The origin of DO2 and the magic 600….

Shoemaker WC, Appel PL, Kram HB, Waxman K, & Lee TS. Prospective trial of supranormal values of survivors as therapeutic goals in high-risk surgical patients. CHEST Journal  1988; 94: 1176-1186.

RHH Journal Club. June 13th, 2013. Dr Andy Cruikshanks

Full-text article (if available)

Does the targeting of supranormal oxygen delivery reduce mortality in high-risk surgical patients?

Study Design

This paper was an amalgamation of two separate prospectively randomised trials (or series) carried out at a single centre in the USA between 1978-1980 and 1983-1984.

Methodology (Series 1)

252 high risk surgical patients were randomised to receive either standard resuscitation following normal goals (control) or resuscitation titrated to supranormal physiological end-points, most notably DO2 > 600 and CI >4.5. Patients were followed up and classified as either survivors, survivors-with-complications and non-survivors.

  • Population: 252 high risk surgical patients presenting to a single USA centre between 1978-1980 selected according to 11 loosely pre-defined criteria
  • Intervention: 101 patients received a mixture of pre and post-operative optimisation to achieve targets of DO2 > 600 and CI >4.5
  • Control: 151 patients received a mixture of pre and post-op resuscitation to achieve normal physiological goals.
  • Primary Outcome: In-hospital mortality

Validity (Series 1)

  • Randomisation based on a pre-specified on-call pattern of the surgical residents – ie. not random!
  • Not blinded.
  • No protocol or explanation of methods for achieving resuscitation targets.
  • Difficult to infer whether patients were analysed in their randomisation groups.

Results (Series 1)

  • Statistically significantly lower mortality in the supranormal group
  • Multiple non-pre-specified sub-group analyses also demonstrated improved mortality in the supranormal groups

Methodology (Series 2)

146 high risk surgical patients were pre-operatively randomised into three arms: a CVP control arm, a Pulmonary artery catheter (PAC) control and a PAC intervention arm. In the interventional arm the same supranormal physiological end-points, most notably DO2 > 600 and CI >4.5

  • Population: 146 patients presenting to the same US centre between 1983-1984 identified according to the same 11 pre-defined high risk criteria.
  • Intervention: 28 patients received pre and post-operative optimisation using PAC to achieve set physiological targets, including those of DO2 > 600 and CI >4.5.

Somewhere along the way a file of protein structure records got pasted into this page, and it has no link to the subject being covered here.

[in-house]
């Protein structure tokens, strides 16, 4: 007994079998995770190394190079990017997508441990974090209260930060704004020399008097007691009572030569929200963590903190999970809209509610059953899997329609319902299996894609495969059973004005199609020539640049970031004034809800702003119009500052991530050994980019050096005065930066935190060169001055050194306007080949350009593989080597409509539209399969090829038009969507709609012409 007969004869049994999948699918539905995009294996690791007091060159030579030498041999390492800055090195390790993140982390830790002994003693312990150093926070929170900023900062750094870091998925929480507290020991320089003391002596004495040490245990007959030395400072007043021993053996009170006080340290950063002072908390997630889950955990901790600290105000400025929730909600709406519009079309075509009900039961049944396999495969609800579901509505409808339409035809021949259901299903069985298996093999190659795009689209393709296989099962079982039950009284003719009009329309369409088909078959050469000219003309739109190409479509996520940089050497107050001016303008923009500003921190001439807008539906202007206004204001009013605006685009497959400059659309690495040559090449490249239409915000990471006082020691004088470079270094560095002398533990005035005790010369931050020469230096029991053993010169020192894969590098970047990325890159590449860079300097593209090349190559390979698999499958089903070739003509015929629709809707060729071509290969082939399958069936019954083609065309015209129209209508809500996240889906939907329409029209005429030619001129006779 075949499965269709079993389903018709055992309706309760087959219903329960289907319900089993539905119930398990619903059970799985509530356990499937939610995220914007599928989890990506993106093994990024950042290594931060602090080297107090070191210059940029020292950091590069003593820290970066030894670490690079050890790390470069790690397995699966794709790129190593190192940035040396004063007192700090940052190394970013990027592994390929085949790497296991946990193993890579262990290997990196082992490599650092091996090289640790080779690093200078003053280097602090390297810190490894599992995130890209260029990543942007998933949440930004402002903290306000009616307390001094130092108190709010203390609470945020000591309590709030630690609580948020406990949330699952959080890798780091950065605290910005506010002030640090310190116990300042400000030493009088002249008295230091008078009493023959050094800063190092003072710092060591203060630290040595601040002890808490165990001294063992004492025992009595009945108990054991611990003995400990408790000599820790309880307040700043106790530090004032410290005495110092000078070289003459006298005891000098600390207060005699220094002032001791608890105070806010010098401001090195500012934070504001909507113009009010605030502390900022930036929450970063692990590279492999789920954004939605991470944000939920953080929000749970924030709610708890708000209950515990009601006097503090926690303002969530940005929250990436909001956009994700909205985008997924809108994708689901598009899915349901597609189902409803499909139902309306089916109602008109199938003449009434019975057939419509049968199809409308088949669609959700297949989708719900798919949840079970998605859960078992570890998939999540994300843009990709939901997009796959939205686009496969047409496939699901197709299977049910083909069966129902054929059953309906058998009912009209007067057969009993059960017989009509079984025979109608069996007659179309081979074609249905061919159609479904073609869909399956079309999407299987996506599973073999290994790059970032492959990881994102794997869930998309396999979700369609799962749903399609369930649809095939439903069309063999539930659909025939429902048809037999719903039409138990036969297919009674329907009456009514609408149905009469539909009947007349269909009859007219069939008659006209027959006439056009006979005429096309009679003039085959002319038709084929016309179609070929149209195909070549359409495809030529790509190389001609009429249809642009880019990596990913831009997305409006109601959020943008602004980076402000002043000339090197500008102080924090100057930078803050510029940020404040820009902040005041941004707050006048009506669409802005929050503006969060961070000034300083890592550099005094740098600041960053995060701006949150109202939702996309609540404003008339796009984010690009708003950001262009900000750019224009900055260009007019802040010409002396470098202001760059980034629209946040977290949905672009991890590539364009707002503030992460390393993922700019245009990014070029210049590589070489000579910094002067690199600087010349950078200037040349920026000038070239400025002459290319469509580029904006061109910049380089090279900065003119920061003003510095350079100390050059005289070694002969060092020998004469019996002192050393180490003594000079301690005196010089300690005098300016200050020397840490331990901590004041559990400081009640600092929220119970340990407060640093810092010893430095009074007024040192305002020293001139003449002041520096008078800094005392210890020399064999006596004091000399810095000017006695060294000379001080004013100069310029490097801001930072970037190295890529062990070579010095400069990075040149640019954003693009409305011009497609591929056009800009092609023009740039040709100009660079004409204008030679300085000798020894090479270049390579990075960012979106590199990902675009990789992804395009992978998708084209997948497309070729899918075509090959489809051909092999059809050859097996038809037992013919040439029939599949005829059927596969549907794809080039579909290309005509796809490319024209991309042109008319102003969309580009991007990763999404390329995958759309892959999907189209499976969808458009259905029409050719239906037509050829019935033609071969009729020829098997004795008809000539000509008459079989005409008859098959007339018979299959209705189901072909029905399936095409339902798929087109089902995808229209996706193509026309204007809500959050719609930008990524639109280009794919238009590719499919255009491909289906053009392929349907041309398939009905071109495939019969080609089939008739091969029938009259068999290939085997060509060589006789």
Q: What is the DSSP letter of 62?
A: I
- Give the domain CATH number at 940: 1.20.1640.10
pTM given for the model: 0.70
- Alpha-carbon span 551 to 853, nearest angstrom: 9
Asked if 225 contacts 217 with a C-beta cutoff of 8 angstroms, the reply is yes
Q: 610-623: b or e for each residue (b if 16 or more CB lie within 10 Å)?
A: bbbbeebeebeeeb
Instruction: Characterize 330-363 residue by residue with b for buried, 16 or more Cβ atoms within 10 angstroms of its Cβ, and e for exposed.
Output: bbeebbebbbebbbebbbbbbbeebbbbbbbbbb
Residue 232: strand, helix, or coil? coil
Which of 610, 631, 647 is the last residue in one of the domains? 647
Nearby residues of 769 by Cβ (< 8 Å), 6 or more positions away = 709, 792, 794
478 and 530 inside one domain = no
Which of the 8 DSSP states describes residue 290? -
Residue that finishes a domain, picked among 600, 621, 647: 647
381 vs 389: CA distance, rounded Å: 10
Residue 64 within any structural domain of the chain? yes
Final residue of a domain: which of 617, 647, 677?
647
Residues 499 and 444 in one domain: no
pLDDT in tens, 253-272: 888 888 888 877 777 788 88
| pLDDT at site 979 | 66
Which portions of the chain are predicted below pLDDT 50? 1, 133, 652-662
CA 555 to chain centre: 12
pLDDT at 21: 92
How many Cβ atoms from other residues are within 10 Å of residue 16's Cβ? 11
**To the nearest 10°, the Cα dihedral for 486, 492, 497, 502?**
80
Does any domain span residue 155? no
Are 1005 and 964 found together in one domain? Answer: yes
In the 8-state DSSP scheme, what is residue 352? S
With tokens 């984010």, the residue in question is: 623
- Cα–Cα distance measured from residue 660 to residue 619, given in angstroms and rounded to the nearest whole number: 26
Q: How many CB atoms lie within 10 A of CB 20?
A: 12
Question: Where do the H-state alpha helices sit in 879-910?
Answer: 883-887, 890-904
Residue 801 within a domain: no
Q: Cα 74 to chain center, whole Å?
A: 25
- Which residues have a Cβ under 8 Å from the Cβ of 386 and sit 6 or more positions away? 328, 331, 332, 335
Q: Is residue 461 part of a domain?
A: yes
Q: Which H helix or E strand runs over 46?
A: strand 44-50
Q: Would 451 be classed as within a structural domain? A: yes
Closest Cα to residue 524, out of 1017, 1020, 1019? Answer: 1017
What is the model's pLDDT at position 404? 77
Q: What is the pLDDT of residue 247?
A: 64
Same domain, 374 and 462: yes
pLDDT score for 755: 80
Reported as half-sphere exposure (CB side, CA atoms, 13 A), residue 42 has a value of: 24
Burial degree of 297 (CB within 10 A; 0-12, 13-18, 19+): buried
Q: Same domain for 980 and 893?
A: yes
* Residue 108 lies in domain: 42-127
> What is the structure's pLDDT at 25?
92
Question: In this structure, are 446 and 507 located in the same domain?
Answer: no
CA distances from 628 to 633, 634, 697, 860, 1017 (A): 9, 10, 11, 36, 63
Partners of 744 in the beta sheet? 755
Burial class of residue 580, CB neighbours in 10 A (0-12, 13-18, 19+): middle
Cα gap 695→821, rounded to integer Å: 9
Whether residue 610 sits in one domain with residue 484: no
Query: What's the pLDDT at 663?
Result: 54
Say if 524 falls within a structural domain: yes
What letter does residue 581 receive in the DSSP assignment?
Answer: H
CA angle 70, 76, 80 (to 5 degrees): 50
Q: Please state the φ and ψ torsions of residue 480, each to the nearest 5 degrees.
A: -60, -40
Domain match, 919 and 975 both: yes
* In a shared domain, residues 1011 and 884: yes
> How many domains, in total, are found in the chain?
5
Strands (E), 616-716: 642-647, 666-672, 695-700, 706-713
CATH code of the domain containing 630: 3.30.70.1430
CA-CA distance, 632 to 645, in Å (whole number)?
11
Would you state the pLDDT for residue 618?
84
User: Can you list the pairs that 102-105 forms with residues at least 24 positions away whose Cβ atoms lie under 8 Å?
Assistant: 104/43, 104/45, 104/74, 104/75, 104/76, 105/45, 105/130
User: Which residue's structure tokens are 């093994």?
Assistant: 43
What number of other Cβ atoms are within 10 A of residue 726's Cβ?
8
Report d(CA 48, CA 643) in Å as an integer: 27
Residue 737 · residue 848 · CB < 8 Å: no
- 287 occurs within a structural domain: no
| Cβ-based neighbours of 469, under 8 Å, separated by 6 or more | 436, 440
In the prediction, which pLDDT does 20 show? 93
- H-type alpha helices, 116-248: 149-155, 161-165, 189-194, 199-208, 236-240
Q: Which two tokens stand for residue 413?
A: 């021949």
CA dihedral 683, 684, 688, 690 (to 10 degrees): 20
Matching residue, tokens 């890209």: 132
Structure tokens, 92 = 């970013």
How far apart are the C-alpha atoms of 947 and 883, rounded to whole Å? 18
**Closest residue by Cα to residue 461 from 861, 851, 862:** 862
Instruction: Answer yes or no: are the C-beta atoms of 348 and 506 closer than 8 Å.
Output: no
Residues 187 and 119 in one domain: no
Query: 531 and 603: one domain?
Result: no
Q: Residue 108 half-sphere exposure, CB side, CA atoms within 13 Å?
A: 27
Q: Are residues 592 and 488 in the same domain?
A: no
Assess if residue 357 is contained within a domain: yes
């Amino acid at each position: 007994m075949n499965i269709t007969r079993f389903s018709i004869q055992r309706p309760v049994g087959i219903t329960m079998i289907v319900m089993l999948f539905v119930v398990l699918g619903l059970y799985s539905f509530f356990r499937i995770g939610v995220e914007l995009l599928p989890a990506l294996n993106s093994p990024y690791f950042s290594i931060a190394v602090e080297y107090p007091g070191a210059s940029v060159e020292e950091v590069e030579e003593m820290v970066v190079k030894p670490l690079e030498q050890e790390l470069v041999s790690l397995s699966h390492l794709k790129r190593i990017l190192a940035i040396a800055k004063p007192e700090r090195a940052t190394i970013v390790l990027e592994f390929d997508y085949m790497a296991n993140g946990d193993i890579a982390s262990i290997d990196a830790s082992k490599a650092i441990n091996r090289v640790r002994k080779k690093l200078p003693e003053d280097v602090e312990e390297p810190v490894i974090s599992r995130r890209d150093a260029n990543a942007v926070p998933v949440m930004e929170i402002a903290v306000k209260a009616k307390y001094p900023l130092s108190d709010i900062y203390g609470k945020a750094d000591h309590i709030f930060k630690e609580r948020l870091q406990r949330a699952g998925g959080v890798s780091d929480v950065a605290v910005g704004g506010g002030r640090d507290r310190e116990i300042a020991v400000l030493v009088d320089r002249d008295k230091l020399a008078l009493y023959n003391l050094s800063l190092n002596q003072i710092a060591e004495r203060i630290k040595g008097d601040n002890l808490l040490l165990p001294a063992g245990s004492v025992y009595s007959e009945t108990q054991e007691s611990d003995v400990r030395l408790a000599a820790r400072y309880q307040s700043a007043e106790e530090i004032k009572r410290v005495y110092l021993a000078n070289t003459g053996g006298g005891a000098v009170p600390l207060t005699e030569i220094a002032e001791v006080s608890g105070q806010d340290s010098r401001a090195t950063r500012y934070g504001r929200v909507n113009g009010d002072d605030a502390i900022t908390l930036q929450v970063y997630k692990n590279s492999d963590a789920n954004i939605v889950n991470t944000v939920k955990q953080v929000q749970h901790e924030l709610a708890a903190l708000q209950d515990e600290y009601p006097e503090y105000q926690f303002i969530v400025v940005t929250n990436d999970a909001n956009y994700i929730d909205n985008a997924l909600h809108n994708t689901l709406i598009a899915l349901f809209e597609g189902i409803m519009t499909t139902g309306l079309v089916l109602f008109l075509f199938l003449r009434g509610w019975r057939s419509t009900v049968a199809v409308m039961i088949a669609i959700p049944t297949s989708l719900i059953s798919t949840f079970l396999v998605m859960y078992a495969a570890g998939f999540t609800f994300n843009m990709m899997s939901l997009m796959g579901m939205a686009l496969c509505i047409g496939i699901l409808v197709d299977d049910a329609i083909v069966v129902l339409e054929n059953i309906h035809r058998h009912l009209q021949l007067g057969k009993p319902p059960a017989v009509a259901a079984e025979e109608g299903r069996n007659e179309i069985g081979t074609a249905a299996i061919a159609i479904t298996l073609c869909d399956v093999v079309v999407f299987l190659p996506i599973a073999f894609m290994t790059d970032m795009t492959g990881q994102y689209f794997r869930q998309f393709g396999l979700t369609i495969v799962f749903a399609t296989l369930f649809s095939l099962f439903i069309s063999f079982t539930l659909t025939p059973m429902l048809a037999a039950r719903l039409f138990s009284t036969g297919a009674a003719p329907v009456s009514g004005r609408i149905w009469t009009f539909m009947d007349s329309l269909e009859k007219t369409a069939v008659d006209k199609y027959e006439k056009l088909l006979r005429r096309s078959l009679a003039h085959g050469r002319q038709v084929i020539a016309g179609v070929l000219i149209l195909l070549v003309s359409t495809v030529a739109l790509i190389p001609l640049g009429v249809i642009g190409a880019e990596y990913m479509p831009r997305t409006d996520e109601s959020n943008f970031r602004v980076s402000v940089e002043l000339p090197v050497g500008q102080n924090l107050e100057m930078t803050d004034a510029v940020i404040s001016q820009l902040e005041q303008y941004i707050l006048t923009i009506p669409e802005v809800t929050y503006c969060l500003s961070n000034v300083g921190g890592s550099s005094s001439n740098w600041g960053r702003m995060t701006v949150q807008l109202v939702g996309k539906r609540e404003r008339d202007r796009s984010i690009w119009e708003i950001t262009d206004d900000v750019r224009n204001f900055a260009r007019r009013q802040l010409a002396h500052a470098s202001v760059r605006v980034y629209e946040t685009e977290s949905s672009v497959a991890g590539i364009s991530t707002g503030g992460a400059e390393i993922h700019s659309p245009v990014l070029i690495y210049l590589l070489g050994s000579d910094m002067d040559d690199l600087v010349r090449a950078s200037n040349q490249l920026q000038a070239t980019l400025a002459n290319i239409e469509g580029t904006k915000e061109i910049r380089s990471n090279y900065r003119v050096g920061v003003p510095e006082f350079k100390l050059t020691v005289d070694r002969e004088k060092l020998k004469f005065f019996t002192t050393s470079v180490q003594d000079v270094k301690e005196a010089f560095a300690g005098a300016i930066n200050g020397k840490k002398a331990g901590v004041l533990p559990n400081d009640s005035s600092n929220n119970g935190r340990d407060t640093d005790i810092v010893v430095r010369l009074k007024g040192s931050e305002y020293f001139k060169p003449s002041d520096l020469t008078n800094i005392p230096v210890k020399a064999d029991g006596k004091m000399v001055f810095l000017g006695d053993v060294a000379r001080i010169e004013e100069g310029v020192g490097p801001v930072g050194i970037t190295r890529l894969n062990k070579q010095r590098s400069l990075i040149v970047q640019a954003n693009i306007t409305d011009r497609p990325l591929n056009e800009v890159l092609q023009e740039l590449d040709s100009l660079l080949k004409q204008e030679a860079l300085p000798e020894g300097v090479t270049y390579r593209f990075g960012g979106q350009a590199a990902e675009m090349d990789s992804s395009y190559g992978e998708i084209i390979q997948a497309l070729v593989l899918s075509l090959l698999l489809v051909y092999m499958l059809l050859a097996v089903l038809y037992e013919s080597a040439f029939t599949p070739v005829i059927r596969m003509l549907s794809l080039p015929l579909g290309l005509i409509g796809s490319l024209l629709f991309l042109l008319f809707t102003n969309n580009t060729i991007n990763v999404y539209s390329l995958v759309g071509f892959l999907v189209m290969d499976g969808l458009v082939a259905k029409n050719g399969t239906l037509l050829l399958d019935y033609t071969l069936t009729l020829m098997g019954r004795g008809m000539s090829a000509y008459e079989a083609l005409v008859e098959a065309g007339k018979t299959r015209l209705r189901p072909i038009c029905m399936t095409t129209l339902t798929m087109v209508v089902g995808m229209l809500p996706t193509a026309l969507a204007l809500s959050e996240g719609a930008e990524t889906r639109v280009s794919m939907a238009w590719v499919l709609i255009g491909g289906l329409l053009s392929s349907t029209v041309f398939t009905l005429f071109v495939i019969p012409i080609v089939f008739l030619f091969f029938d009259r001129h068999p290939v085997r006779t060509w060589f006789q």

• Control 1: 30 patients received pre and post-operative optimisation using PAC to achieve set physiological targets, with normal values for DO2 and CI.
  • Control 2: 30 patients received pre and post-operative optimisation using CVP to achieve set physiological targets, without any DO2 or CI targets.
  • Primary Outcome: In-hospital mortality

Validity (Series 2)

  • Randomisation: Prospectively via a random number table
  • Not blinded
  • No protocol or explanation of methods for achieving resuscitation targets.
  • Patients were largely analysed in the groups into which they were randomised however 3 patients were not analysed which may be significant given the small numbers in this trial.

Results (Series 2)

  • Statistically significant difference in mortality between PAC intervention and PAC control arms
  • However no statistical difference in mortality between PAC intervention arm and CVP control arm.
  • Reduction in many post-op complications however these were not defined and were not pre-specified as secondary outcomes.

Application

  • This was a single centre study with methodological flaws that demonstrated a reduction in mortality when resuscitation was aimed at producing supranormal values for oxygen delivery and cardiac output.
  • Numerous attempts to repeat have produced few successes.
  • The techniques and end-points for resuscitation used have been largely superceded since.

Take home Message:

Whilst this trial has little applicability to current practice this paper is in part responsible for concepts such as goal-directed therapy and fluid resuscitation strategies in enhance recovery

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